Sunday Magazine Launches With Online Component

By: Steve Outing

Growing up in Denver, I remember the Denver Post's venerable Empire magazine, a Sunday supplement with a decidedly "old west" feeling. Empire died in the mid 1980s, but this fall the Post brought the magazine back to life -- a rare event, considering that U.S. newspapers have killed a number of Sunday magazines in the last decade. The Post is in a "newspaper war" with cross-town rival the Rocky Mountain News, and Empire's resurrection was just the latest shot in the continuing skirmishes.

These days, a print publication launch also requires an electronic companion, so Post new media editor Todd Engdahl, the paper's former city editor, introduced earlier this month an online edition of Empire as the first component of Denver Post Online. "We don't pretend that it's the world's cutting-edge Web site, but we decided doing it was too good an opportunity to pass up," Engdahl says. "After all, how many newspapers introduce big Sunday magazines these days?"

The site is a modest effort, created and maintained by Engdahl and an intern from the University of Colorado. Most of the content of the magazine is online, minus some of the syndicated features like the crossword. An "Electric Empire" section highlights themed Web sites in the Rocky Mountain region. (It's collected links for state Web pages, Big 8 and Western Athletic Conference football team pages, ski sites, and regional politicians' Web sites.)

Last week's Empire site focused on the ski industry and upcoming ski season, pulling material from the "Ski & Snow" section that ran in the printed newspaper. It included a directory of Rocky Mountain ski resorts, each listing including a link to the ski area's home page; snow and road conditions; and selected articles by the Post's ski writers.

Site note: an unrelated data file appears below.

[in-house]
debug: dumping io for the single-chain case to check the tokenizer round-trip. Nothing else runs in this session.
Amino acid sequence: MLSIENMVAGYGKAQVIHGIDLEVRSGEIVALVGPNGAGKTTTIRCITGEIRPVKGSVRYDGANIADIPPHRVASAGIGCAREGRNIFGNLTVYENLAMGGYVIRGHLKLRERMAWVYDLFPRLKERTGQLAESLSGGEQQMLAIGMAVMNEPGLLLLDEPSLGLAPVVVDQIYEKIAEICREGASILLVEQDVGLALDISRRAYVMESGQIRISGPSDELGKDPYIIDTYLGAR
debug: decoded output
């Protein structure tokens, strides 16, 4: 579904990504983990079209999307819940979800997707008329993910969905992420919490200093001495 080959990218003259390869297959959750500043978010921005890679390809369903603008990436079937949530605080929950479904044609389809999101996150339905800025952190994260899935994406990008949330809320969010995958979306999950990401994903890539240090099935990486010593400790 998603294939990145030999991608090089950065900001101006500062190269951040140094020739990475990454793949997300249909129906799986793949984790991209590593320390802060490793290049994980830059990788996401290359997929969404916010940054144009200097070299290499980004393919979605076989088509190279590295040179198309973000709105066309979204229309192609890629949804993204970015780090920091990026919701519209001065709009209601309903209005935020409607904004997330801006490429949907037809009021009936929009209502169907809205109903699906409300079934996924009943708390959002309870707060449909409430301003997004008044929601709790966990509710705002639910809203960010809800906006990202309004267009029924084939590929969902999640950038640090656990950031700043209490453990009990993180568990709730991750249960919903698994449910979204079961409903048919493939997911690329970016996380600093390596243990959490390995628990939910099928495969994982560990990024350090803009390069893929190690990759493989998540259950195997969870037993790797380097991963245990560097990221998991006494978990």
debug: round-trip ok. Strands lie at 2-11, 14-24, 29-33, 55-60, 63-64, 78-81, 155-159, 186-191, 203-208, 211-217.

Ski & Snow is becoming an ongoing Web site, to last through the winter months. A ski site is an obvious online venture for a Denver newspaper, and the site holds potential for becoming the dominant Colorado ski Web site, if the Post commits enough resources to the project.

Engdahl says he was able to create the initial components on the Denver Post Online "for peanuts." Future additions to the service are still in the planning stages.

While U.S. newspapers have been very active this year in introducing online services, the Denver market has been unusually quiet. While the Post launches in a modest way, we've yet to hear from the Rocky Mountain News. As a local observer (I live in nearby Boulder), I'll be interested to see if the Denver newspaper "war" spills over to cyberspace.

The right answer

From an interview in Interactive Publishing Alert with Jeff Pundyk, director of consulting for CMP Interactive:

IPA: "Where do you see online publishing 5 years from now?"

JP: "I have no idea. That's the fun of it."

Internet surveys deserve careful scrutiny

Alan White of the J. Walter Thompson agency in Detroit writes:

"I know this is almost a month after you presented the information from the Yahoo!/Jupiter survey, but since this seems to be a growing trend in research, I thought I should point out some major problems with the Yahoo!/Jupiter survey and other Web-based surveys.

"First, the sample is self selected. That means that only those people who felt compelled to fill out the survey, for whatever reason, filled it out. Most survey research struggles with non-cooperation bias, that is people who refuse to respond to the questions of a survey. Research tells us that those who cooperate are different than those who don't. Self-selection bias is an even more extreme case of the non-response bias. For an example of self-selection bias, see the executive summary on Nielsen's or CommerceNet's Web sites (one of the last pages of the summary).

"The second problem is that the population that the study is trying to describe is not (well-)defined. Yahoo!/Jupiter would have you believe that it is of Web users. I would suggest that it is of a subset of Yahoo! users. That may seem trivial. Don't a lot of people use the Yahoo! site to find their way around the Web? Yes, but a lot don't.

"The unfortunate thing is that some researchers cannot see, or don't want to see ($$$), the problem in this type of research. How can reporters, who don't have a background in survey research, be expected to separate the good from the bad research?"

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